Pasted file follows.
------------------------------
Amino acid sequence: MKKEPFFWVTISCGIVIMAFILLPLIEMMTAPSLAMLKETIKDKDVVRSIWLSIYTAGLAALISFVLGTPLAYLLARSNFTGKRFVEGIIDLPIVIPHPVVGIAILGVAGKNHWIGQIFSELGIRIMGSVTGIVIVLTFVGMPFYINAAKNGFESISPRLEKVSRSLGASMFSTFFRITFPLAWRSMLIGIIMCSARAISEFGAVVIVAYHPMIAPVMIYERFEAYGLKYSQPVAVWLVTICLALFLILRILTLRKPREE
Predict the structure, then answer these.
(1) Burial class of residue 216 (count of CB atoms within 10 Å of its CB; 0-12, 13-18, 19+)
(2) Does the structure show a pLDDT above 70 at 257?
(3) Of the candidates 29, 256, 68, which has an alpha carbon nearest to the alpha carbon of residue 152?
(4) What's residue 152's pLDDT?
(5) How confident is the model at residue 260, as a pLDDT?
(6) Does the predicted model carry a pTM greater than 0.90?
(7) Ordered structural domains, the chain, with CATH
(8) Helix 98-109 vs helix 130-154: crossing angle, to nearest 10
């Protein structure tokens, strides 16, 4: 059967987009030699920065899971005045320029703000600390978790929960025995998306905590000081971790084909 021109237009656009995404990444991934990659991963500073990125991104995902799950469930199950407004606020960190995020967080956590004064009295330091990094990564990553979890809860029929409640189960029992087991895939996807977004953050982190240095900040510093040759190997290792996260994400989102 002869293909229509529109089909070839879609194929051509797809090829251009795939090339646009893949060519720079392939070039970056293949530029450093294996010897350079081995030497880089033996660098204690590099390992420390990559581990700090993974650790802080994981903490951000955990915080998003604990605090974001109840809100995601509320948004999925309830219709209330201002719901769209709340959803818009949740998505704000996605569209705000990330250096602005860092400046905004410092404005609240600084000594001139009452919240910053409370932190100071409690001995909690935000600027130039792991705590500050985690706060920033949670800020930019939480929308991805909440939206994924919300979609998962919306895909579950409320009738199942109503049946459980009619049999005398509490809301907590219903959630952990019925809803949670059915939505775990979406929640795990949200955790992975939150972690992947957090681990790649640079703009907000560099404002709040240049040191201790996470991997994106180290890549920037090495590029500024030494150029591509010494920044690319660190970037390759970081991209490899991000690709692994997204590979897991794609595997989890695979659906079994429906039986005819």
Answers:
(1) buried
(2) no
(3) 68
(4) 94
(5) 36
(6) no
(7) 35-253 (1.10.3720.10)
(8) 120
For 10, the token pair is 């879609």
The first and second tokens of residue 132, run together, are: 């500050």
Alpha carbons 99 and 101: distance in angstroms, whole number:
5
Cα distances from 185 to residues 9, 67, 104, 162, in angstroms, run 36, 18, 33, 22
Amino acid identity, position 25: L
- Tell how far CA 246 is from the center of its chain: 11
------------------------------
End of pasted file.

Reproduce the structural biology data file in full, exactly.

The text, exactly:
Amino acid sequence: MKKEPFFWVTISCGIVIMAFILLPLIEMMTAPSLAMLKETIKDKDVVRSIWLSIYTAGLAALISFVLGTPLAYLLARSNFTGKRFVEGIIDLPIVIPHPVVGIAILGVAGKNHWIGQIFSELGIRIMGSVTGIVIVLTFVGMPFYINAAKNGFESISPRLEKVSRSLGASMFSTFFRITFPLAWRSMLIGIIMCSARAISEFGAVVIVAYHPMIAPVMIYERFEAYGLKYSQPVAVWLVTICLALFLILRILTLRKPREE
Predict the structure, then answer these.
(1) Burial class of residue 216 (count of CB atoms within 10 Å of its CB; 0-12, 13-18, 19+)
(2) Does the structure show a pLDDT above 70 at 257?
(3) Of the candidates 29, 256, 68, which has an alpha carbon nearest to the alpha carbon of residue 152?
(4) What's residue 152's pLDDT?
(5) How confident is the model at residue 260, as a pLDDT?
(6) Does the predicted model carry a pTM greater than 0.90?
(7) Ordered structural domains, the chain, with CATH
(8) Helix 98-109 vs helix 130-154: crossing angle, to nearest 10
């Protein structure tokens, strides 16, 4: 059967987009030699920065899971005045320029703000600390978790929960025995998306905590000081971790084909 021109237009656009995404990444991934990659991963500073990125991104995902799950469930199950407004606020960190995020967080956590004064009295330091990094990564990553979890809860029929409640189960029992087991895939996807977004953050982190240095900040510093040759190997290792996260994400989102 002869293909229509529109089909070839879609194929051509797809090829251009795939090339646009893949060519720079392939070039970056293949530029450093294996010897350079081995030497880089033996660098204690590099390992420390990559581990700090993974650790802080994981903490951000955990915080998003604990605090974001109840809100995601509320948004999925309830219709209330201002719901769209709340959803818009949740998505704000996605569209705000990330250096602005860092400046905004410092404005609240600084000594001139009452919240910053409370932190100071409690001995909690935000600027130039792991705590500050985690706060920033949670800020930019939480929308991805909440939206994924919300979609998962919306895909579950409320009738199942109503049946459980009619049999005398509490809301907590219903959630952990019925809803949670059915939505775990979406929640795990949200955790992975939150972690992947957090681990790649640079703009907000560099404002709040240049040191201790996470991997994106180290890549920037090495590029500024030494150029591509010494920044690319660190970037390759970081991209490899991000690709692994997204590979897991794609595997989890695979659906079994429906039986005819």
Answers:
(1) buried
(2) no
(3) 68
(4) 94
(5) 36
(6) no
(7) 35-253 (1.10.3720.10)
(8) 120
For 10, the token pair is 């879609």
The first and second tokens of residue 132, run together, are: 């500050």
Alpha carbons 99 and 101: distance in angstroms, whole number:
5
Cα distances from 185 to residues 9, 67, 104, 162, in angstroms, run 36, 18, 33, 22
Amino acid identity, position 25: L
- Tell how far CA 246 is from the center of its chain: 11